Intracellular cell wall deficient organisms. Includes E. canis, E. chaffeensis, E. ewingii, E. sennetsu (now Neorickettsia sennetsu), E. phagocytophilia (now Anaplasma phagocytophilia in humans), close relative of E. muris. There are a variety of veterinary Ehrlichia as well.
Diagnosis is serology. If lucky will see morulae in the WBC.
E. canis: tick bite.
E. chaffeensis: tick bite in south central and southeastern United States. Missouri, Tennessee, and Oklahoma have the most cases.
Wisconsin Ehrlichia: ticks. Probably underdiagnosed (PubMed).
E. ewingii: platelet transfusion (PubMed).
E. muris: tick bite. Eastern Europe and Japan; a close relative of E. muris in Minnesota and Wisconsin. Also in Ixodes cookei ticks int the Northeastern United States (PubMed).
E. sennetsu: eating raw fish in the far East. Yeah. Raw fish.
The true distribution of these pathogens may be changing as the world warms and the ticks move as a result. E. ewingii has now been found in Indiana and New Jersey (Pubmed). Has it always been there or are the vectors moving? And who would move to New Jersey?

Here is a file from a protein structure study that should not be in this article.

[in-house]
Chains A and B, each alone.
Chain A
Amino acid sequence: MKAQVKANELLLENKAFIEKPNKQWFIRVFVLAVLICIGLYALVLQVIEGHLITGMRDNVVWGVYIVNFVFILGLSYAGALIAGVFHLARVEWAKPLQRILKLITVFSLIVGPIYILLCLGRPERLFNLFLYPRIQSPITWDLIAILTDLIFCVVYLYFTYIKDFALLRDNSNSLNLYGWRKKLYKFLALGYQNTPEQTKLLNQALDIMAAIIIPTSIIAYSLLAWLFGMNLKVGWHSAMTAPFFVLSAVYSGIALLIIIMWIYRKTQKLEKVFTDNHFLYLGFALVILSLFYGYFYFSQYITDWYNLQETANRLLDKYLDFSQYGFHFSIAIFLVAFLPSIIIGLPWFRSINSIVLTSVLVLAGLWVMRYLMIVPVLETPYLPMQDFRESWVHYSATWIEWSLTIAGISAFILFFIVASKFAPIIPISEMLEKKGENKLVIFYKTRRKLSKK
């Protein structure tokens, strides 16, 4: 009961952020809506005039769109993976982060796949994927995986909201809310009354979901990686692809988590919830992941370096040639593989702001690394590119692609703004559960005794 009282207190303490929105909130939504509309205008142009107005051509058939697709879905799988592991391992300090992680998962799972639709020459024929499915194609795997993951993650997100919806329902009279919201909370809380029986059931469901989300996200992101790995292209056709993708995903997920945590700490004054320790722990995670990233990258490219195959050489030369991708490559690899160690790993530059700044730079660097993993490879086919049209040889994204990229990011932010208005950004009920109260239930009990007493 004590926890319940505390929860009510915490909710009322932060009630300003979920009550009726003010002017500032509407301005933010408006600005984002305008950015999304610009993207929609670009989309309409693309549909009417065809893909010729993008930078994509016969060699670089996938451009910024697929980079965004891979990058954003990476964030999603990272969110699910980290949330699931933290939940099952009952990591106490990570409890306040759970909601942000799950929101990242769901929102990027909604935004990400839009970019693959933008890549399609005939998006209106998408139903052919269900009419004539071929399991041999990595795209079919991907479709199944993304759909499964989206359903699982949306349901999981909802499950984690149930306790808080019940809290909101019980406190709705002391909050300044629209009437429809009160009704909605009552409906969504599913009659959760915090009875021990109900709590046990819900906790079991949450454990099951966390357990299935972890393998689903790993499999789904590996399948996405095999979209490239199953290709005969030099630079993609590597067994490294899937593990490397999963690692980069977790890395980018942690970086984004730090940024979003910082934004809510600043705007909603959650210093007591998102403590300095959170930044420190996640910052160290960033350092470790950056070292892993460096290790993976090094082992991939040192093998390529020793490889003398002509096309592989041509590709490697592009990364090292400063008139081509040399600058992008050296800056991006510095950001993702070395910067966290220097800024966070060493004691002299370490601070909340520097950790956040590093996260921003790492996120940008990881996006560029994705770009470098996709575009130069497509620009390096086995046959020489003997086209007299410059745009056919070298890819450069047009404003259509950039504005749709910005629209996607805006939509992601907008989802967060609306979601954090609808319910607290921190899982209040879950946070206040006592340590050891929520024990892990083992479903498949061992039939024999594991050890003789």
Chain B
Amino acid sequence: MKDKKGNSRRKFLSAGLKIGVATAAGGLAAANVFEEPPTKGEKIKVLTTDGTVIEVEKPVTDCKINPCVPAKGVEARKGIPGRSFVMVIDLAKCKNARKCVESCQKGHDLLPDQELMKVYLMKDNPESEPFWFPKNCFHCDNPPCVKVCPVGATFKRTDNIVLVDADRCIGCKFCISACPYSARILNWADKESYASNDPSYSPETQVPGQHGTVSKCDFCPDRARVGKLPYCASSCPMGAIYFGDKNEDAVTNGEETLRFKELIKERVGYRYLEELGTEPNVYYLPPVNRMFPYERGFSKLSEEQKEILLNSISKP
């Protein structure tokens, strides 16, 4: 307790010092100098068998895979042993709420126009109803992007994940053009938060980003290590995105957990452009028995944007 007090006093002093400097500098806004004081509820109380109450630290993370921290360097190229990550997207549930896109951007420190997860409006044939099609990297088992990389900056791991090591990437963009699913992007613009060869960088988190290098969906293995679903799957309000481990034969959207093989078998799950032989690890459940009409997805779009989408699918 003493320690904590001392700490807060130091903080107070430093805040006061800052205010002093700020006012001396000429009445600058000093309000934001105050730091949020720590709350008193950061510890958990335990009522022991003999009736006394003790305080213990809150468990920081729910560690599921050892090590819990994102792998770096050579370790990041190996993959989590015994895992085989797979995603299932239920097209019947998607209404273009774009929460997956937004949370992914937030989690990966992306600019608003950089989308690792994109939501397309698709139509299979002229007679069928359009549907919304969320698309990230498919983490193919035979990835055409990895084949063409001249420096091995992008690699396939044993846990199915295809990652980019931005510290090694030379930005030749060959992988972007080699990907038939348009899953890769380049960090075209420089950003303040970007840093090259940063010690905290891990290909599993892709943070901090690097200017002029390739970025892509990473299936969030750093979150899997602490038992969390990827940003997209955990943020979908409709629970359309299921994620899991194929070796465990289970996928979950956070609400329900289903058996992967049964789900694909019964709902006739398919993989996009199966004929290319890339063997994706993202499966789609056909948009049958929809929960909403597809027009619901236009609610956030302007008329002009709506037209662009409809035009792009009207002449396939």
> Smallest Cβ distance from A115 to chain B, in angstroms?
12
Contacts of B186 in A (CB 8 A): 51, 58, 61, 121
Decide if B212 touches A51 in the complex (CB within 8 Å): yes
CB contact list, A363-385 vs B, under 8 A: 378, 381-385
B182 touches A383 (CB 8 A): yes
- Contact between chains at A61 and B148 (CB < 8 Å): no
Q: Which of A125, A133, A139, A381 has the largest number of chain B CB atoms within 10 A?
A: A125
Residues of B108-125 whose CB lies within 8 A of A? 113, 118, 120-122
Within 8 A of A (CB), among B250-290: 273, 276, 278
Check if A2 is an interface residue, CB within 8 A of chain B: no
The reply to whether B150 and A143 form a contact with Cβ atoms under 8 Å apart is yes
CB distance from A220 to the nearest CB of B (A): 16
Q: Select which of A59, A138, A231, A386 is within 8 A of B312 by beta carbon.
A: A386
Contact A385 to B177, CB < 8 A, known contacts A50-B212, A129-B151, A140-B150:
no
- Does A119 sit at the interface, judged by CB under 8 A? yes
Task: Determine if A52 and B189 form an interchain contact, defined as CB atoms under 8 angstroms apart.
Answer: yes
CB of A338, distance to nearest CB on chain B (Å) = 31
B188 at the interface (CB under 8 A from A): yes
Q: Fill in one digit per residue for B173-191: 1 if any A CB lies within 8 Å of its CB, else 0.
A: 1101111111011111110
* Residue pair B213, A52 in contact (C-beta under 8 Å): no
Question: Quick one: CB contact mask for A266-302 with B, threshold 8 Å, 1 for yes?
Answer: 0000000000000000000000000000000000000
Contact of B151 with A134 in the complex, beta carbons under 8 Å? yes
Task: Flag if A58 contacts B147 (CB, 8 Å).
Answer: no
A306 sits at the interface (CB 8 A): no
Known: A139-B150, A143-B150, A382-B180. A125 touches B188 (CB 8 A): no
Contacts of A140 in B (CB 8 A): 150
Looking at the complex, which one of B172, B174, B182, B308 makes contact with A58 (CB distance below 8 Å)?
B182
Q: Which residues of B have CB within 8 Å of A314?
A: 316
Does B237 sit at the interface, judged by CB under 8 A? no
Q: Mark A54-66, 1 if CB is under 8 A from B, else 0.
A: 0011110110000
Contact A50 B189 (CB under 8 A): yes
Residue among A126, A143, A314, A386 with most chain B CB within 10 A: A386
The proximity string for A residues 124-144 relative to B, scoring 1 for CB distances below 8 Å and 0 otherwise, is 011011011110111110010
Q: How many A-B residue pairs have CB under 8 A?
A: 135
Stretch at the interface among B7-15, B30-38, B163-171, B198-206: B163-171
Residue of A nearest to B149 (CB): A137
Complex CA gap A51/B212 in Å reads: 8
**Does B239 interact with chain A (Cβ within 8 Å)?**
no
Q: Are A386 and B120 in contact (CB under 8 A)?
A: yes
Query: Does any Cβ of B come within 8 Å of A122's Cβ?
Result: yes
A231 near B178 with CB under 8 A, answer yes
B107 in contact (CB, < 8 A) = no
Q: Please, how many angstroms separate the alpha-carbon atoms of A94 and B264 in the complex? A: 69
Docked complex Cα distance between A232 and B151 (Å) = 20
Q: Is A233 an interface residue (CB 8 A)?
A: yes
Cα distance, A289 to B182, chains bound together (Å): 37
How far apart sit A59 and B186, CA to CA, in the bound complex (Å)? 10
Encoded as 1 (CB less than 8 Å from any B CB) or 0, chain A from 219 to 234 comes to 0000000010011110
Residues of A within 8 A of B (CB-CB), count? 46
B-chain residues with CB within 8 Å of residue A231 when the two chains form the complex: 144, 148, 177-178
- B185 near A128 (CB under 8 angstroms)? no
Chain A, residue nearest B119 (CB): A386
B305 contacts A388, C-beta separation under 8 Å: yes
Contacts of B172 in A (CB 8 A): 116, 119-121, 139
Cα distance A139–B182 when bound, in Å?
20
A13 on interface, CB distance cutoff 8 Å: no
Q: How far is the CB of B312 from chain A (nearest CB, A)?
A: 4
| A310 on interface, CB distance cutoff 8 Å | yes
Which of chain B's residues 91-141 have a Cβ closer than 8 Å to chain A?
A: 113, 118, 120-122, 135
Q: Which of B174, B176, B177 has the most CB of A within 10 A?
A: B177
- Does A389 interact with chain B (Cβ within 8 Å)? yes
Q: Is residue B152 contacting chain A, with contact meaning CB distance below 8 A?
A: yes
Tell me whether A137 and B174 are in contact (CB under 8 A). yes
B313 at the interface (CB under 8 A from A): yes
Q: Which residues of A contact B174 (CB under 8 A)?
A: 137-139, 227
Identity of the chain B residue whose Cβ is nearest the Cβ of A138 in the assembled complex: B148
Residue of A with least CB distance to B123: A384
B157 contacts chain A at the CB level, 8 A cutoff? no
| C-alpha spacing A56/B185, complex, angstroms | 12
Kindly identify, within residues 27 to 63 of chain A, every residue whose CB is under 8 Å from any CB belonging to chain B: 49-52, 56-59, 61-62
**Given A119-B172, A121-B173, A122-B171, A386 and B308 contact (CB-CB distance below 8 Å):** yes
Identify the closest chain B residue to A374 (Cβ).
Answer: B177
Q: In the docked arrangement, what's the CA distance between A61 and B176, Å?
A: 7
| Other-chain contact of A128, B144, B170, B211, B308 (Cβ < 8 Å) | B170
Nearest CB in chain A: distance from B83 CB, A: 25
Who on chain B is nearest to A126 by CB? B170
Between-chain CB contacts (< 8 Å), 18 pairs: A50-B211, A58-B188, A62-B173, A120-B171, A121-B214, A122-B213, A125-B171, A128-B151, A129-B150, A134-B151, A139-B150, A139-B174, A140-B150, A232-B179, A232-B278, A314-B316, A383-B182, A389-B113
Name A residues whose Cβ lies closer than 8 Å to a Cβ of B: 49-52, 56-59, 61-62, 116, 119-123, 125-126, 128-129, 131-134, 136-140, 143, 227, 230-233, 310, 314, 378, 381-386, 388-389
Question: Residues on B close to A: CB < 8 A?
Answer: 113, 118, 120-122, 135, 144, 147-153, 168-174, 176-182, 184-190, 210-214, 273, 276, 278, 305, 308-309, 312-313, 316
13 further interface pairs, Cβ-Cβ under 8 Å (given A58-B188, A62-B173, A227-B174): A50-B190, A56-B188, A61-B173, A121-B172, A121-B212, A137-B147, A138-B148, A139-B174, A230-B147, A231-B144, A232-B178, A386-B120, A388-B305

Ehrlichia cases are increasing in the US, whether due to increase awareness, increase in the disease or increasing reporting once people figured where to put the unneeded first 'h' in Ehrlichia (Pubmed). Now in Hudson Valley and Long Island. That would be New York.
Incubation time is 2 weeks or so.
They all cause fevers, chills, headache red eyes, and myalgias. A rash rash that usually spares the face, but may spread to the palms and soles. One the organisms that I call a doxycycline deficiency state.
HME more often has a rash. Both have elevated AST and leukopenia.
E. canis: Human monocytic ehrlicheosis.
E. chaffeensis: Human monocytic ehrlicheosis.
Wisconsin Ehrlichia: very similar to E. muris genetically. Fevers and headache.
E. muris: fever, malaise, headache, and lymphopenia, thrombocytopenia and elevated liver-enzyme levels.
E. sennetsu: Human monocytic ehrlicheosis.
In HGE 20 - 80% of patients have had Ehrlichia morulae in peripheral blood neutrophils, rare in HME.
Last update: 06/02/18